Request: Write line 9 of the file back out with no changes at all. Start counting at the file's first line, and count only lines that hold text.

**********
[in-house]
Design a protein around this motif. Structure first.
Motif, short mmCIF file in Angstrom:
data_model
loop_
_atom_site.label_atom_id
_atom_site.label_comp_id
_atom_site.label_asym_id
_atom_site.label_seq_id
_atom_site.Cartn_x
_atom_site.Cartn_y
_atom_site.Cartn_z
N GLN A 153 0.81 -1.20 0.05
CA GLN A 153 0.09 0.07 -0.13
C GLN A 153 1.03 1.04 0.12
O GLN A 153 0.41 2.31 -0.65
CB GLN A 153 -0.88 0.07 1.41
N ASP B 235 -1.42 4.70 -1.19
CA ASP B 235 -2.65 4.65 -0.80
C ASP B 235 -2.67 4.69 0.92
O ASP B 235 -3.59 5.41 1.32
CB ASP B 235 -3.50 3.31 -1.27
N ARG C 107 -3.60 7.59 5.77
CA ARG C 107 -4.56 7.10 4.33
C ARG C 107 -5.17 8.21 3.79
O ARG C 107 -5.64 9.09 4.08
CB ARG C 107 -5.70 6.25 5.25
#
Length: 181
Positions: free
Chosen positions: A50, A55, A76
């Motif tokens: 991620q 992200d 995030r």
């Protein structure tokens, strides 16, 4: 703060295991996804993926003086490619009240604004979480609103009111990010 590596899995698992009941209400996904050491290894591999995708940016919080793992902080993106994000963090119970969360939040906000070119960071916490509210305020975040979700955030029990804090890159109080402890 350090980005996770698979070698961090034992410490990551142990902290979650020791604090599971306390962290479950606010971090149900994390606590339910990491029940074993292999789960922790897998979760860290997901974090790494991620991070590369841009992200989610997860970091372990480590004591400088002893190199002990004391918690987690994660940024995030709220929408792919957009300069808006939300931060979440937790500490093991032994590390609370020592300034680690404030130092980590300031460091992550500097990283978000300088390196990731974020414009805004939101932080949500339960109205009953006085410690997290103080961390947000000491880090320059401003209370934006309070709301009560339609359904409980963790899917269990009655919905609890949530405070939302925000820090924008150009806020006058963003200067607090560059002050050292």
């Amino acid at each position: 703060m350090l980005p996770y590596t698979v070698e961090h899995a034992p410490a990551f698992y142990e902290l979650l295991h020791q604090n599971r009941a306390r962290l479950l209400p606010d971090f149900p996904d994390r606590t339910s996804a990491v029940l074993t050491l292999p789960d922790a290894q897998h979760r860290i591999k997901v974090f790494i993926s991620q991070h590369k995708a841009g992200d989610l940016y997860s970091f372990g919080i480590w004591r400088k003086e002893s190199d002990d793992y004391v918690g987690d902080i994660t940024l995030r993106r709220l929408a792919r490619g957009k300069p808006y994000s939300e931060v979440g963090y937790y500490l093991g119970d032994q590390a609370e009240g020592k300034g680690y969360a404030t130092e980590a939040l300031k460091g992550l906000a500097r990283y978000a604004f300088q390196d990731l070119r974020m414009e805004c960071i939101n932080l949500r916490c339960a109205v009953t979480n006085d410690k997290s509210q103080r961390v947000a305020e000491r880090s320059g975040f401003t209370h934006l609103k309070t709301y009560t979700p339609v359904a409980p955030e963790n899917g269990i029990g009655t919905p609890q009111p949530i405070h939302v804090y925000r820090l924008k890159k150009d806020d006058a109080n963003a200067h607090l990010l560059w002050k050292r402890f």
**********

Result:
_atom_site.label_seq_id